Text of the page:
How Is Virtual Reality Being Used to Help Cancer Patients?

By Adrian Johansen, freelance writer; @AdrianJohanse18.

When you hear the words “cancer treatment,” you probably think of things like chemotherapy, radiation or even hair loss. While many cancer patients go through painful procedures that create uncomfortable and life-changing side effects, there might be new ways to help them deal with the disease and their care.

Virtual reality (VR) and augmented reality (AR) are technology trends in healthcare that have recently taken the industry by storm. While many researchers have been interested in this technology for some time, it’s only been in the past few years that studies have started to prove its usefulness in helping cancer patients undergoing care. Here are the essentials you should know to understand the use of VR and AR for cancer patients.

What are VR and AR?

Virtual reality is an immersive technology that closes the user off from the real world. Using a headset and video screen, the user can feel the experience of being transported to new locations. If you’re unfamiliar with this technology, do a quick online search to find videos of people who feel they are falling or that things are moving toward them in such a way that they instinctively shift their body to avoid contact. These videos are amusing, but this technology is so much more than just fun.

Augmented reality, often called AR, uses a camera or smartphone to add digital elements to the real world. Typical uses are lenses on the popular app Snapchat or the ever-intriguing game of Pokemon Go. AR has many applications in healthcare as well.

Use of VR and AR in healthcare

Medicine and other treatments are both palliative and curative. However, all medicines and procedures have limitations and at times create negative effects that patients must adapt to or learn to overcome. Researchers continually look for new ways to impact patient care with immersive technologies and other cutting-edge advancements. Both AR and VR have received acclaim for their role in the healthcare industry.

Not only can this tech help patients, but it can improve healthcare as a whole. A few of the ways VR is impacting healthcare can be seen in the treatment of chronic pain, the restoration of low vision in older patients or those with damaged vision, and the expedited recovery of patients after traumatic brain injury.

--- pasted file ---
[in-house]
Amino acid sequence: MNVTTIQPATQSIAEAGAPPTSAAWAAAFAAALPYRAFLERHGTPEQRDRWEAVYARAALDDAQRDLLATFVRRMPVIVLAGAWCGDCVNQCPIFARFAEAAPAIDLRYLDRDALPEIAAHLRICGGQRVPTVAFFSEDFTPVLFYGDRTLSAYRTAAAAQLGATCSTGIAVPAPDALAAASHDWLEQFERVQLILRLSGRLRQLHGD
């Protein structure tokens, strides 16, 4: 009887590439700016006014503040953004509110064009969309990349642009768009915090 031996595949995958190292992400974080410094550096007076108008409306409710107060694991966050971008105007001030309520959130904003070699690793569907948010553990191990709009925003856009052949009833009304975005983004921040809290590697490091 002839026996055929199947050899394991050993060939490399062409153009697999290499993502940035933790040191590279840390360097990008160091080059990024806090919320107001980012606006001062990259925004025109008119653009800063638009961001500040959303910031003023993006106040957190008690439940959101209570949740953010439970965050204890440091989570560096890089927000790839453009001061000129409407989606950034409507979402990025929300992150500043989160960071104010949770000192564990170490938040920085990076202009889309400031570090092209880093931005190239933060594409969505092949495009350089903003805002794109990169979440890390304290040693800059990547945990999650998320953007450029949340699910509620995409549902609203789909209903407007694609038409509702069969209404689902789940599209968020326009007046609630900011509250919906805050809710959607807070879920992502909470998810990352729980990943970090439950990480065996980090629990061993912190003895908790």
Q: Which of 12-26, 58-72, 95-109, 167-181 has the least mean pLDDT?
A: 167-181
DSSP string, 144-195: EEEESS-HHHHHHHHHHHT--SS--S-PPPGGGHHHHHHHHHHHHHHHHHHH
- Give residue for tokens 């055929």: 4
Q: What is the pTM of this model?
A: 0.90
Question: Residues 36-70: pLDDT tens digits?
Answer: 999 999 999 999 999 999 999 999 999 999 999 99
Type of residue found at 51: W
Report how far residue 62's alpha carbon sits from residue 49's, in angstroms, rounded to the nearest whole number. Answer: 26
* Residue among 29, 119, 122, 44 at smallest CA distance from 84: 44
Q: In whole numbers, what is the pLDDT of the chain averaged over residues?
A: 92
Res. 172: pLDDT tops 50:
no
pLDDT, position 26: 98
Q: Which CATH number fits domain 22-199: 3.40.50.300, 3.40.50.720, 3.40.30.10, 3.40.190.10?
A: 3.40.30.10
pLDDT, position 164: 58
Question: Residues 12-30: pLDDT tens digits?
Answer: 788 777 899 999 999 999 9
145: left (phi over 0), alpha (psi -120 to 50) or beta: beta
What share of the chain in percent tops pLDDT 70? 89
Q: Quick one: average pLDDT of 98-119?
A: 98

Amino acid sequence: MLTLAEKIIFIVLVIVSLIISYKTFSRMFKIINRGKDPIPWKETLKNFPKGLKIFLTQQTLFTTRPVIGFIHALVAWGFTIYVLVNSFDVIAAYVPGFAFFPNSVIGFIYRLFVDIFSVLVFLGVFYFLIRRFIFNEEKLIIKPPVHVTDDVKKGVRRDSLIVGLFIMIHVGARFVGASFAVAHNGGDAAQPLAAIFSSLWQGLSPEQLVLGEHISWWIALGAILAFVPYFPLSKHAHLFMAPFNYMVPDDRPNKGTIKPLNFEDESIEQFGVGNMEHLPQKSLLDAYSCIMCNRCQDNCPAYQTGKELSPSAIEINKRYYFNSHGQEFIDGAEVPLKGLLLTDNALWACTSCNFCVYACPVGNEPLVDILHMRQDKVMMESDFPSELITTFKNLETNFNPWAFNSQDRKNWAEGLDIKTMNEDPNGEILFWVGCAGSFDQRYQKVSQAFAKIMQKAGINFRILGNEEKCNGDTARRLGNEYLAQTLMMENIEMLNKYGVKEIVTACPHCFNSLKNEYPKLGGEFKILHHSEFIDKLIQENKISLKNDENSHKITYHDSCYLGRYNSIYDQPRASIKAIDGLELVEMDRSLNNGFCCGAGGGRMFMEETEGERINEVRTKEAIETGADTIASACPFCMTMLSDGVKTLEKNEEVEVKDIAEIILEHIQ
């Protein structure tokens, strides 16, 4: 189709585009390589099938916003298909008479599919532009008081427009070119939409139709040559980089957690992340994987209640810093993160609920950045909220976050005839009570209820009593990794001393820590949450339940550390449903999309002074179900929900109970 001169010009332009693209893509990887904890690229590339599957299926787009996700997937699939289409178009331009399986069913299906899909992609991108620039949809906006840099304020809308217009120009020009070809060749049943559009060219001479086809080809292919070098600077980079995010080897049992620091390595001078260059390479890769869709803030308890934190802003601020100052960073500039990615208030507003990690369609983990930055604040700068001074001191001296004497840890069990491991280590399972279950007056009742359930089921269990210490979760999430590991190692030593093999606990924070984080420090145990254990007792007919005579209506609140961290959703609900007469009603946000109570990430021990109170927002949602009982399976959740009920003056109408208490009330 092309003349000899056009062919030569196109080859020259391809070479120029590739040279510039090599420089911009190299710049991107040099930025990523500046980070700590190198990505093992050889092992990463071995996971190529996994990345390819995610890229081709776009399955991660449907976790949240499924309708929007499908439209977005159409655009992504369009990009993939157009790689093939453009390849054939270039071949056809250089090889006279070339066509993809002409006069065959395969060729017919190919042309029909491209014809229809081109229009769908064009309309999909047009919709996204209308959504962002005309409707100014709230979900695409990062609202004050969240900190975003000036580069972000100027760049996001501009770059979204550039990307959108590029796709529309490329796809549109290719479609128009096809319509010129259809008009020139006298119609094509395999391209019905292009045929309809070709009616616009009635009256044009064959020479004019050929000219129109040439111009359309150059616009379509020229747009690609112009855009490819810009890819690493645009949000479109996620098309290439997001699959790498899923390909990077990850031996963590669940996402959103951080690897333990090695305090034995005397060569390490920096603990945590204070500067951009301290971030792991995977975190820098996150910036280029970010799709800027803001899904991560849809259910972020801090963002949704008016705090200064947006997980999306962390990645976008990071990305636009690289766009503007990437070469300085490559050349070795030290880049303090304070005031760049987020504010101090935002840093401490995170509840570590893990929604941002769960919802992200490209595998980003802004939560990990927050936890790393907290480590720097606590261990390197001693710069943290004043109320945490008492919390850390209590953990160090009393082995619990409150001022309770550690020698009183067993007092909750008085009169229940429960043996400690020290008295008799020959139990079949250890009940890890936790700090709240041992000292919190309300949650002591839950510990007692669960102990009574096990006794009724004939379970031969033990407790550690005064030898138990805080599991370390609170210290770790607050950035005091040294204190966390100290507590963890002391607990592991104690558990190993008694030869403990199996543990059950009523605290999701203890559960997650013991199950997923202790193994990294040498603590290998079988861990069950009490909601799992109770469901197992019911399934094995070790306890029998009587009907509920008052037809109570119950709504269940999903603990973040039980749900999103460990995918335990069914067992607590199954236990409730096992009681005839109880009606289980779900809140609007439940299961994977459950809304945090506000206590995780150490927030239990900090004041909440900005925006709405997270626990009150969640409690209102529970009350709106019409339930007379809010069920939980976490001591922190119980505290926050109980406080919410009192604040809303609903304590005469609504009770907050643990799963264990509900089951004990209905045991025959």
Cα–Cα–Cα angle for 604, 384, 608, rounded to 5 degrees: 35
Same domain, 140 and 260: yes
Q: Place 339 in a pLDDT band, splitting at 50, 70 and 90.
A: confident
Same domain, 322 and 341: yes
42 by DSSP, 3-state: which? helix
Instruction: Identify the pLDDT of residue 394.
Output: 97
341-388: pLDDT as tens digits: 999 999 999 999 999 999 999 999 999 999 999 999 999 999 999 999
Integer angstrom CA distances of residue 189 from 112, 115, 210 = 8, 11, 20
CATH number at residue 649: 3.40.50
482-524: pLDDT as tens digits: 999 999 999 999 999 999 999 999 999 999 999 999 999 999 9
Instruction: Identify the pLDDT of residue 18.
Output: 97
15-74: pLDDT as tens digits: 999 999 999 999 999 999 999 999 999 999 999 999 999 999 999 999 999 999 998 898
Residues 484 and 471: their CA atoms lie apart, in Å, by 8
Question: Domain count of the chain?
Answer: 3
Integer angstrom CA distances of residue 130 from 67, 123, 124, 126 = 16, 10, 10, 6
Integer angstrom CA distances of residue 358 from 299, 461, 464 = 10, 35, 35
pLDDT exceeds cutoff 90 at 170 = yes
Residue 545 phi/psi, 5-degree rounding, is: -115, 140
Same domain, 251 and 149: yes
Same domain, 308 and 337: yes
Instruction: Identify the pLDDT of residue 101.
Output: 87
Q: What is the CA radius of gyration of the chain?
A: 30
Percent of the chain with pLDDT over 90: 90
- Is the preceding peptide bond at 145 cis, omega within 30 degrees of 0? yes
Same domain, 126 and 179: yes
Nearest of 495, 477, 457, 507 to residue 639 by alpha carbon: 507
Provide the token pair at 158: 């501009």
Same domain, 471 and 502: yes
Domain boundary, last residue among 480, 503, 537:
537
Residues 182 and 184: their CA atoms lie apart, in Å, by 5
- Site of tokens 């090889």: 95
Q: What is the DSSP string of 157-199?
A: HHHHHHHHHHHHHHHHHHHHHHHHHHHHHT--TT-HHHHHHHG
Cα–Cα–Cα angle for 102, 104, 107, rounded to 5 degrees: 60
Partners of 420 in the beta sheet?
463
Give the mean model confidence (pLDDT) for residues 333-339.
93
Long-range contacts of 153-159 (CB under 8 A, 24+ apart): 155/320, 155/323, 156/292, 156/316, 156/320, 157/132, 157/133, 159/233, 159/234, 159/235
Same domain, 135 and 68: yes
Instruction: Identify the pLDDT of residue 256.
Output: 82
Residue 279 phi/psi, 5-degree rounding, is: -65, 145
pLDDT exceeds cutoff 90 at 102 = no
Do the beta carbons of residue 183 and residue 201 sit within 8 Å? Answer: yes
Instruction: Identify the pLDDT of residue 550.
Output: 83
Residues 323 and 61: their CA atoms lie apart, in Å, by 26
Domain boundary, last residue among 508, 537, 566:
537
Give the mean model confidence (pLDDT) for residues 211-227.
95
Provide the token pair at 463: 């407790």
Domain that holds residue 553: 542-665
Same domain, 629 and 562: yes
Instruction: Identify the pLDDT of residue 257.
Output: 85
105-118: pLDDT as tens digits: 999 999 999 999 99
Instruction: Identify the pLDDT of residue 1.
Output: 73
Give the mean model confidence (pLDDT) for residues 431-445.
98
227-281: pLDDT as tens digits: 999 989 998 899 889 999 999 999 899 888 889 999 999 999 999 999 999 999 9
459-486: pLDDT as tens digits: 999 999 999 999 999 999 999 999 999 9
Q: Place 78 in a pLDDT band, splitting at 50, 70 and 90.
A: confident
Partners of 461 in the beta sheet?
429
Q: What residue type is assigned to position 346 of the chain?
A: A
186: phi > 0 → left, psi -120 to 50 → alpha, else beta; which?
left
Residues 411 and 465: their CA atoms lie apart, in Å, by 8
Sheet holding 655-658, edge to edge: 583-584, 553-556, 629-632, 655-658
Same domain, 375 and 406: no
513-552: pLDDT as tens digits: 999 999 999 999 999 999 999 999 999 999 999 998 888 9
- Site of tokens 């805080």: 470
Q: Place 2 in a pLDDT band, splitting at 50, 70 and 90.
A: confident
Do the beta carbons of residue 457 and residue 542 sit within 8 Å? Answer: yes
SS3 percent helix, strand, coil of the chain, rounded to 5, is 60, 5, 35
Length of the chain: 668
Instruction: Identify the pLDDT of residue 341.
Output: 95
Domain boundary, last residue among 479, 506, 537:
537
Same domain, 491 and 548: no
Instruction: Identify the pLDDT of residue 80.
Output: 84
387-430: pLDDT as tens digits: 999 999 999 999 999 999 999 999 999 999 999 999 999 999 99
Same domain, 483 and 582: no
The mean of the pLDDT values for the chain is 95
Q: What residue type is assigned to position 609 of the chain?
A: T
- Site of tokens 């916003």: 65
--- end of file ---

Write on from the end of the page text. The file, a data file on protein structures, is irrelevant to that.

These uses of VR are for physical ailments, but it can also be used for people with mental health needs. Post-traumatic stress disorder (PTSD) impacts many veterans who have come home from war and struggle with the effects of traumatic events they’ve witnessed. VR can be used to modify thoughts and behaviors by immersing the patient into environments that may evoke their symptoms, but in a safe place with qualified clinicians nearby. VR and AR are revolutionary solutions that surpass conventional medical treatments.

Cutting-edge treatment in cancer care

From the young to the old, VR and AR are used to help cancer patients cope with uncomfortable symptoms. The technologies allows patients to escape to a digital world free of pain, anxiety, and symptoms like nausea when nurses and physicians provide care. Young cancer patients use VR to help with procedures such as port access, a necessary process that must take place each time they have chemotherapy and at set intervals just to keep the device functioning. Parents and children alike discuss the positive effects of having VR and AR technology during treatments.

Immersive technology can transport the user to places they could never see and makes their brain believe they are truly there. Because of the success of VR in cancer care, experts have begun wondering if it might also have a role in cancer prevention. The power of VR could possibly change the lifestyle habits of people with increased risk of developing cancer to change the trajectory of their life and potential for disease.

The thought behind the use of VR for cancer prevention is to provide a safe place for people who need therapies such as smoking cessation to learn methods to stop the habit. By incrementally learning new behaviors in a controlled environment, healthcare providers could possibly decrease a patient’s risk of developing the disease.

What’s next for VR and cancer treatment?

The possibilities of VR and AR as ways to help cancer patients are endless. Experts continue to search for new ways to use these advancements to increase the quality of life of those with cancer. If VR can be used a way to successfully change lifestyle habits of those at a higher risk of developing cancer, researchers could shift their focus to finding a cure for the disease, rather than just helping patients tolerate treatment.

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